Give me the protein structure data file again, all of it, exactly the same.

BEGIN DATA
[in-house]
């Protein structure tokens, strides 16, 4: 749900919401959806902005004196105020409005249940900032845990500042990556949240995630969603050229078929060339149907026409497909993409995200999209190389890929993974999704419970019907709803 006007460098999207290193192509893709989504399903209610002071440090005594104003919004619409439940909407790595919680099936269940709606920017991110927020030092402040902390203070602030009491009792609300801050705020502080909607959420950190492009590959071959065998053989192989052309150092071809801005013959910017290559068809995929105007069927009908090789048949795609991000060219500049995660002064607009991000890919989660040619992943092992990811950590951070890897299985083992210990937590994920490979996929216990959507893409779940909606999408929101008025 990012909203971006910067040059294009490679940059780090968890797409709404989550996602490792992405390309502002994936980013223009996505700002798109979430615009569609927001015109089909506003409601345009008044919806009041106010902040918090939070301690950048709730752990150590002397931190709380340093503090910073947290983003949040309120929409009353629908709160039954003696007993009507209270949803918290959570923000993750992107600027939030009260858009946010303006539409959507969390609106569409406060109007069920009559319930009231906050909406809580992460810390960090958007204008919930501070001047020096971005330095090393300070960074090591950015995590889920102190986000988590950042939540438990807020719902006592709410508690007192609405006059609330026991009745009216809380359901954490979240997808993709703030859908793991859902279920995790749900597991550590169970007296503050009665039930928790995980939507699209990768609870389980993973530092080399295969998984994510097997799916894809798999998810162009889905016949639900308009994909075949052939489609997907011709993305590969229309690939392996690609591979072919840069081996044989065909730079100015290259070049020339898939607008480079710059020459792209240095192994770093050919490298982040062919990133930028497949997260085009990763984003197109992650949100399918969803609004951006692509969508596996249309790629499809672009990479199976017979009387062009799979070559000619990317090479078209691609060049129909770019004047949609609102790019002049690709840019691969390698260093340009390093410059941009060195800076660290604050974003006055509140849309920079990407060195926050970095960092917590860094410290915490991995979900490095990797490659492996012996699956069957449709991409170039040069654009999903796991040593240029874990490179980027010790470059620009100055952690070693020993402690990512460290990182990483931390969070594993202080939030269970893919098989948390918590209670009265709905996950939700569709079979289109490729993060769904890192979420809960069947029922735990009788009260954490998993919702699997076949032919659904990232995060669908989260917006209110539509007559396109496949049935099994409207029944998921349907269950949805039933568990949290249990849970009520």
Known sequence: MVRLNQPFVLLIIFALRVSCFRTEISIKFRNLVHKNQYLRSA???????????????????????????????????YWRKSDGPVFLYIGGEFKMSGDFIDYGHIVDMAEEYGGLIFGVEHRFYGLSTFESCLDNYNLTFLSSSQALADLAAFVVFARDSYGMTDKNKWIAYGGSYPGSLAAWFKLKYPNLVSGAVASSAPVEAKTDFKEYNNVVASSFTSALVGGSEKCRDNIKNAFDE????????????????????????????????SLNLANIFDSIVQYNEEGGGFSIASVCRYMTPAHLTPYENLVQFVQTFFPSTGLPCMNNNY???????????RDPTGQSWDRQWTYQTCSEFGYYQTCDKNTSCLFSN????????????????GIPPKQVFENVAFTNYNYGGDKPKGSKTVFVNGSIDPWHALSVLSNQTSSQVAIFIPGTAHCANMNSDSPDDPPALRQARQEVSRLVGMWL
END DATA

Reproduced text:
[in-house]
């Protein structure tokens, strides 16, 4: 749900919401959806902005004196105020409005249940900032845990500042990556949240995630969603050229078929060339149907026409497909993409995200999209190389890929993974999704419970019907709803 006007460098999207290193192509893709989504399903209610002071440090005594104003919004619409439940909407790595919680099936269940709606920017991110927020030092402040902390203070602030009491009792609300801050705020502080909607959420950190492009590959071959065998053989192989052309150092071809801005013959910017290559068809995929105007069927009908090789048949795609991000060219500049995660002064607009991000890919989660040619992943092992990811950590951070890897299985083992210990937590994920490979996929216990959507893409779940909606999408929101008025 990012909203971006910067040059294009490679940059780090968890797409709404989550996602490792992405390309502002994936980013223009996505700002798109979430615009569609927001015109089909506003409601345009008044919806009041106010902040918090939070301690950048709730752990150590002397931190709380340093503090910073947290983003949040309120929409009353629908709160039954003696007993009507209270949803918290959570923000993750992107600027939030009260858009946010303006539409959507969390609106569409406060109007069920009559319930009231906050909406809580992460810390960090958007204008919930501070001047020096971005330095090393300070960074090591950015995590889920102190986000988590950042939540438990807020719902006592709410508690007192609405006059609330026991009745009216809380359901954490979240997808993709703030859908793991859902279920995790749900597991550590169970007296503050009665039930928790995980939507699209990768609870389980993973530092080399295969998984994510097997799916894809798999998810162009889905016949639900308009994909075949052939489609997907011709993305590969229309690939392996690609591979072919840069081996044989065909730079100015290259070049020339898939607008480079710059020459792209240095192994770093050919490298982040062919990133930028497949997260085009990763984003197109992650949100399918969803609004951006692509969508596996249309790629499809672009990479199976017979009387062009799979070559000619990317090479078209691609060049129909770019004047949609609102790019002049690709840019691969390698260093340009390093410059941009060195800076660290604050974003006055509140849309920079990407060195926050970095960092917590860094410290915490991995979900490095990797490659492996012996699956069957449709991409170039040069654009999903796991040593240029874990490179980027010790470059620009100055952690070693020993402690990512460290990182990483931390969070594993202080939030269970893919098989948390918590209670009265709905996950939700569709079979289109490729993060769904890192979420809960069947029922735990009788009260954490998993919702699997076949032919659904990232995060669908989260917006209110539509007559396109496949049935099994409207029944998921349907269950949805039933568990949290249990849970009520």
Known sequence: MVRLNQPFVLLIIFALRVSCFRTEISIKFRNLVHKNQYLRSA???????????????????????????????????YWRKSDGPVFLYIGGEFKMSGDFIDYGHIVDMAEEYGGLIFGVEHRFYGLSTFESCLDNYNLTFLSSSQALADLAAFVVFARDSYGMTDKNKWIAYGGSYPGSLAAWFKLKYPNLVSGAVASSAPVEAKTDFKEYNNVVASSFTSALVGGSEKCRDNIKNAFDE????????????????????????????????SLNLANIFDSIVQYNEEGGGFSIASVCRYMTPAHLTPYENLVQFVQTFFPSTGLPCMNNNY???????????RDPTGQSWDRQWTYQTCSEFGYYQTCDKNTSCLFSN????????????????GIPPKQVFENVAFTNYNYGGDKPKGSKTVFVNGSIDPWHALSVLSNQTSSQVAIFIPGTAHCANMNSDSPDDPPALRQARQEVSRLVGMWL